Groups want action to curb air pollution at Grand Canyon

Wisconsin Gazette

Air pollution from Navajo Generating Station has plagued the Grand Canyon for decades — the national landmark is 12 miles from the coal-fired power plant.

A complaint from a coalition of environmental groups wants the U.S. Department of Interior to “promptly declare impairment of the Grand Canyon by air pollution,” an action that would trigger stringent and timely pollutant reduction requirements for NGS.

“DOI has a unique obligation to protect national parks,” said Stephanie Kodish, clean air program director for the National Parks Conservation Association. Interior Secretary Sally Jewell “faces a pivotal decision — will she exercise her right and responsibility under the Clean Air Act to protect the Grand Canyon, its sister parks and neighboring communities or will she continue to wait for others to act, which could prolong NGS’s pollution of the Grand Canyon for decades to come?”

Sandy Bahr of the Sierra Club’s Grand Canyon Chapter added, “On a clear day, there is no more spectacular view than the one at Grand Canyon. But unfortunately, Navajo Generating Station, one of the most polluting coal plants in the country, continues to foul the skies over this world-renowned national park. Interior, due to its stake in the plant, and its responsibility to protect Grand Canyon must step up and take action and do so in a timely way.”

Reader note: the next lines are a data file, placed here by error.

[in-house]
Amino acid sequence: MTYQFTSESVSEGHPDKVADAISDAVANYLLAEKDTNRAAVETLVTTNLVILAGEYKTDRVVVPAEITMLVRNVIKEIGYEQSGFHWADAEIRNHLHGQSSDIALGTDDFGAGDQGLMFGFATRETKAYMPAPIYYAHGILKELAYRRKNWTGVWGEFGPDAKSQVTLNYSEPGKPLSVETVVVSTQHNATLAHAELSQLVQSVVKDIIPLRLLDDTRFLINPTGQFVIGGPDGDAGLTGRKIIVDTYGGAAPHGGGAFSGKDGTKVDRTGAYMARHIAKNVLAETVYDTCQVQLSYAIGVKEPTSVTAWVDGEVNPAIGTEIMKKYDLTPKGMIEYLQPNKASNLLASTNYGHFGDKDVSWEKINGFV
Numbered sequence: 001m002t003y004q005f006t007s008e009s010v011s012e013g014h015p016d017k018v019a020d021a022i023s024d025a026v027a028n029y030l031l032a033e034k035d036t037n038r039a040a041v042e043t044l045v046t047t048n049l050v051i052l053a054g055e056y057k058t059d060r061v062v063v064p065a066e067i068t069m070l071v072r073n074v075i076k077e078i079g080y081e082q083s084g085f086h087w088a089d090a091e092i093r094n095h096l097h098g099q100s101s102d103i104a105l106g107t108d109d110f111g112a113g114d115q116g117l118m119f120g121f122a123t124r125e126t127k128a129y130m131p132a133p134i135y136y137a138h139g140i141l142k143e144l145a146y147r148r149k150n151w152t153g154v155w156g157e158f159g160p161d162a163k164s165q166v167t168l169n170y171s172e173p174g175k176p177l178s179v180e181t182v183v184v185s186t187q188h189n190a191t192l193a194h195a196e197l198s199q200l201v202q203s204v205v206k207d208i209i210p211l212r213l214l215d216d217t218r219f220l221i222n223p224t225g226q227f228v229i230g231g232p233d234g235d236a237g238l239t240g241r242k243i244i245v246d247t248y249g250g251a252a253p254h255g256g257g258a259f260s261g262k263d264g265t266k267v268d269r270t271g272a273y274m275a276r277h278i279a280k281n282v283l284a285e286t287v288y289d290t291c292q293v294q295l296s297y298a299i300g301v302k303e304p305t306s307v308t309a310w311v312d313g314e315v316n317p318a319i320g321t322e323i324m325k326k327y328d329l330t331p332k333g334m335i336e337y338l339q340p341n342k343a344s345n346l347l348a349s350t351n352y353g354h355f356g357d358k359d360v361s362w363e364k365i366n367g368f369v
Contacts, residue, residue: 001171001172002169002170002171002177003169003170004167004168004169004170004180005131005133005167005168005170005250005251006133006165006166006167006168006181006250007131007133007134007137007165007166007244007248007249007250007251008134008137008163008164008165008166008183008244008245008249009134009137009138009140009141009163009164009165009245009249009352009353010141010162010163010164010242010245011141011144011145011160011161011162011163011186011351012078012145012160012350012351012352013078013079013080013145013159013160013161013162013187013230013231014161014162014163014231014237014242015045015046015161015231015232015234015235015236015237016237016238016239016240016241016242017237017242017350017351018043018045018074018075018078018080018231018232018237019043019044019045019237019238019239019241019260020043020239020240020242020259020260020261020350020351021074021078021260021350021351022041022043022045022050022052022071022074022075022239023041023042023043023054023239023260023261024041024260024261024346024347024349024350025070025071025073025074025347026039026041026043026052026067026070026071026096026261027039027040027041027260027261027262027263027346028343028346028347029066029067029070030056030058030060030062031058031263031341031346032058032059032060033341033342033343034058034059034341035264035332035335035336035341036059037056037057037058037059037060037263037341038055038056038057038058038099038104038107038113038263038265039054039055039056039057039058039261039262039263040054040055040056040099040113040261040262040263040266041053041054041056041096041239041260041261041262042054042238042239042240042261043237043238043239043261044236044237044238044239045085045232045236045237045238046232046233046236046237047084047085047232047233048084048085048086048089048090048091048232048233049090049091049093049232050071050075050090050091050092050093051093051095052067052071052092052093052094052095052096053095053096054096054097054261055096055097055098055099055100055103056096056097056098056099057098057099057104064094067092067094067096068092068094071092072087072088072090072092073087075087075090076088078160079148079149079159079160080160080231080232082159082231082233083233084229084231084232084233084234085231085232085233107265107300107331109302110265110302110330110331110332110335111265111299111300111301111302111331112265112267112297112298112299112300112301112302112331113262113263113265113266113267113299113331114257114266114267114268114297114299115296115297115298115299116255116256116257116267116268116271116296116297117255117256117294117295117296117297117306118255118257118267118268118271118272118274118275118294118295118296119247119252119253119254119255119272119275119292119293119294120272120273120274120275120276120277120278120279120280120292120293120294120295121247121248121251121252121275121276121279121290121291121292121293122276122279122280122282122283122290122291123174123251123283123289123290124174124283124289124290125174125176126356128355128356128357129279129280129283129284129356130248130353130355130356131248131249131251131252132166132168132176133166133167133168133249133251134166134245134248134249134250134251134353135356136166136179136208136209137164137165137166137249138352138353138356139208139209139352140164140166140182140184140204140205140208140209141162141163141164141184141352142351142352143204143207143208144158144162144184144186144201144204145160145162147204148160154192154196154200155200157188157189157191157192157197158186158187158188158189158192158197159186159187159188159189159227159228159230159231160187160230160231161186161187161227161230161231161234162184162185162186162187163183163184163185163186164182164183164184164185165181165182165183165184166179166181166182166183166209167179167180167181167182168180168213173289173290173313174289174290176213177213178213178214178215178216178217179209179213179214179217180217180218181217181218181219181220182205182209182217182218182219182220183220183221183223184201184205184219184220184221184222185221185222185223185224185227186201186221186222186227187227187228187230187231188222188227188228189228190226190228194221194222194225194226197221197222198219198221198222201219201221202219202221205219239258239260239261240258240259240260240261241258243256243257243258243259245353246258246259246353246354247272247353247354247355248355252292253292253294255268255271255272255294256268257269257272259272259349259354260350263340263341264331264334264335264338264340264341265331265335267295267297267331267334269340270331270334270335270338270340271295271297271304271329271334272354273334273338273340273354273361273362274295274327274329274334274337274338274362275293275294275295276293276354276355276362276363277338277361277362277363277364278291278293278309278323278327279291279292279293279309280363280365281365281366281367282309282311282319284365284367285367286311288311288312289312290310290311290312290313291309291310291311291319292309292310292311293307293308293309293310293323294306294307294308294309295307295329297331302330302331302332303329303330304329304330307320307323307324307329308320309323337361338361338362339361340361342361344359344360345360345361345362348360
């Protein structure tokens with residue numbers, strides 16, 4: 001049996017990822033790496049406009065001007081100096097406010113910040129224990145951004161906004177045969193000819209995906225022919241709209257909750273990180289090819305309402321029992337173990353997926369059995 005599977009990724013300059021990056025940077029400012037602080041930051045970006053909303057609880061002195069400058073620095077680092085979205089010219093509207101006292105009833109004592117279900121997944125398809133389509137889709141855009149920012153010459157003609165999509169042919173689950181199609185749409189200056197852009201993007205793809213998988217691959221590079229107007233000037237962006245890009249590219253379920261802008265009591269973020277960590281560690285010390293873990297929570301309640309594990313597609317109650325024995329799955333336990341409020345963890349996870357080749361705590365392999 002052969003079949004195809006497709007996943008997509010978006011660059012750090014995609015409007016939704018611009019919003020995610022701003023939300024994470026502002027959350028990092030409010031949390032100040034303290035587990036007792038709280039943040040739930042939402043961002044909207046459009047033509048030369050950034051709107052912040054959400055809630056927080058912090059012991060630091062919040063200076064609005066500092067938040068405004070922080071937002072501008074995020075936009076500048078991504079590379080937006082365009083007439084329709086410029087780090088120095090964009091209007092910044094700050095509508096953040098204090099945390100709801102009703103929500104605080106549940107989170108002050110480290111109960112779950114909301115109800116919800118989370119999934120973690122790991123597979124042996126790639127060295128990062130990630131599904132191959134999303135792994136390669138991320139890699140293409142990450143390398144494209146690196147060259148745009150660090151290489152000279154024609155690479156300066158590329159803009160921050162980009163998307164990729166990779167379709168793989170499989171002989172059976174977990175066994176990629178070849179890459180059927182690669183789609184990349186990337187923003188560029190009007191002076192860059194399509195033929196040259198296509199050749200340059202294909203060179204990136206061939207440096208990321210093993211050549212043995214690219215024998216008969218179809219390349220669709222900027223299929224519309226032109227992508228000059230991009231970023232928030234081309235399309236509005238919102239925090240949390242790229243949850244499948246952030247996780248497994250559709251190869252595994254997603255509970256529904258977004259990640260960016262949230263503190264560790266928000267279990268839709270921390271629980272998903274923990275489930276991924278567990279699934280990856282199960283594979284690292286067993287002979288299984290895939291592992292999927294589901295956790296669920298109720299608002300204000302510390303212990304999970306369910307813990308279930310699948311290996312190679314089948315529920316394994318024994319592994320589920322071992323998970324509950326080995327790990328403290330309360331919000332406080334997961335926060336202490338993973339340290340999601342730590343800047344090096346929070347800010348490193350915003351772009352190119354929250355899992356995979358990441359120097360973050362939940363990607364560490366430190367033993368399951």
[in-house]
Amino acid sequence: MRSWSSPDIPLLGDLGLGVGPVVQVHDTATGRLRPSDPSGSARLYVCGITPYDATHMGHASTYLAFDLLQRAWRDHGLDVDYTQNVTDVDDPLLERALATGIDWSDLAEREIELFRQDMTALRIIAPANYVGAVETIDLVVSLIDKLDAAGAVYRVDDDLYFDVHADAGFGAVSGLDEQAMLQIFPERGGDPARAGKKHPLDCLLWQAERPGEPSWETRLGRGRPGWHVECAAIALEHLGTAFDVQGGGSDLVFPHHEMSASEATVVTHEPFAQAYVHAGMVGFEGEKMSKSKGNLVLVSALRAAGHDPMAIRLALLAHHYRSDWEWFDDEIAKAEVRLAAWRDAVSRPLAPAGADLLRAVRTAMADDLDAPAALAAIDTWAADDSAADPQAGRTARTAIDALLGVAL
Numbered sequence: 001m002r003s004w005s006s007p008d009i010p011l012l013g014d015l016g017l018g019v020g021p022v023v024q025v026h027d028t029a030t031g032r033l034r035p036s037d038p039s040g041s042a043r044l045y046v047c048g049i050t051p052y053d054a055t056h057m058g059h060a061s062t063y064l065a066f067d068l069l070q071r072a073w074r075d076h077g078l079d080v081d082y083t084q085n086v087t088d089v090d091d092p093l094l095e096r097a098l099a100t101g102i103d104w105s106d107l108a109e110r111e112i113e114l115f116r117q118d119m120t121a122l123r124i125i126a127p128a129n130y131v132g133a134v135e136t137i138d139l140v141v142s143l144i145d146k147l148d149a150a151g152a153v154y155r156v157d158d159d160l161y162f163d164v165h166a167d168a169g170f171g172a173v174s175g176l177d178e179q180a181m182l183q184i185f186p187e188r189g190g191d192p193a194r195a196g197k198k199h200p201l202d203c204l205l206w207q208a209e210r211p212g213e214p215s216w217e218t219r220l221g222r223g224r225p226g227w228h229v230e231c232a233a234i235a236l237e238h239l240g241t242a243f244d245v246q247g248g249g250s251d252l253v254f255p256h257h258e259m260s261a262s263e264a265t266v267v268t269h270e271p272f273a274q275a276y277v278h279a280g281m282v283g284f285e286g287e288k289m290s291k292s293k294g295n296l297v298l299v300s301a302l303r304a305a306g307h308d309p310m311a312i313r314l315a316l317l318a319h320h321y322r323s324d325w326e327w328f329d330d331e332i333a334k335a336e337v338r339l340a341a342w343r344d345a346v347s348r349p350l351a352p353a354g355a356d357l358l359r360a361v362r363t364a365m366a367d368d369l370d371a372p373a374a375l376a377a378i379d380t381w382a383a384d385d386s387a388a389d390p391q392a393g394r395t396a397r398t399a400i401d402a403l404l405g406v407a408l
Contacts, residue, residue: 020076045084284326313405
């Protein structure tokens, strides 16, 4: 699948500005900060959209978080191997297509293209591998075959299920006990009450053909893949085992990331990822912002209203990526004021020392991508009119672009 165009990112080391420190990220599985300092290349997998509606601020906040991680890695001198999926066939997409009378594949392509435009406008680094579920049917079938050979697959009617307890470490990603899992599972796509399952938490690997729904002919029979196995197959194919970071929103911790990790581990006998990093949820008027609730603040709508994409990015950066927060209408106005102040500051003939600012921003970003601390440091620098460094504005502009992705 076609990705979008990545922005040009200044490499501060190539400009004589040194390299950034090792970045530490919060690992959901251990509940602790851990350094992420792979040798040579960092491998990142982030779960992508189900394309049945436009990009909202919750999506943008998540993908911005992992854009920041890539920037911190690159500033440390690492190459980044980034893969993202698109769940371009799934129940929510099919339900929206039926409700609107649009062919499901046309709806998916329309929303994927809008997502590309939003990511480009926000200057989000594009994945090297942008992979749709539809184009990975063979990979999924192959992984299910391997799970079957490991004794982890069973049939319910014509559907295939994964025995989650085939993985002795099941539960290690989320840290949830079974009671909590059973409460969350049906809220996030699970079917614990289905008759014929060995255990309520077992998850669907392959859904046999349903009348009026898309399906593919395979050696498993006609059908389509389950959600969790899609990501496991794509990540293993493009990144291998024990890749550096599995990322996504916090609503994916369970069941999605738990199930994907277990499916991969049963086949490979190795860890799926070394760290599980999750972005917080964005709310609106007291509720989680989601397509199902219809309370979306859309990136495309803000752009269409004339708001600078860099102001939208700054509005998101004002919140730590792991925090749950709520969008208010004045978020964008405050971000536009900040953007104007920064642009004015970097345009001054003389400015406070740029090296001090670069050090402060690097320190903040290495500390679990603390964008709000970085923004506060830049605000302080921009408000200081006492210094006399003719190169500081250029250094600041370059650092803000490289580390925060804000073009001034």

The coalition, which includes NPCA, Dine’ CARE, To Nizhoni Ani, the Grand Canyon Trust, the San Juan Citizens Alliance and Sierra Club, want Jewell to certify that nitrogen oxide (NOx) and particulate matter emissions from NGS impair air quality at Grand Canyon National Park.

“Anyone who looks can plainly see Navajo Generating Station’s pollution plume after the cool, clear air from the north settles into Grand Canyon for the night,” said Roger Clark with the Grand Canyon Trust. “Its mustard-brown smear from oxides of nitrogen and white vale of fine particles taint the sunrise and steal away sharp edges throughout the day.”

This is the second time that the Interior Department has been asked to take this action. Previously in 2009 the department demurred from this responsibility awaiting a decision from the Environmental Protection Agency (EPA) on standards it might issue for NGS. But now, five years later, there is still no enforceable plan to reduce NGS’s NOx and particulate matter emissions.

The timing is especially vital for the Interior Department to make this certification, as the EPA is currently considering its final rule for the clean-up of NGS. It is feared that if the department continues to stay silent on action needed to restore air quality at Grand Canyon, NGS may be left to continue causing hazy views and preventable respiratory illnesses at and around Grand Canyon National Park and the neighboring communities for many years to come.

“The Department of the Interior has been irresponsive to communities suffering from vast coal plant pollution in the U.S. Southwest, including marginalizing our National Parks,” said Mike Eisenfeld with the San Juan Citizens Alliance. “While we understand the challenges our region faces (including drought, water, cost of electricity) we expect DOI to take their responsibilities seriously and engage.”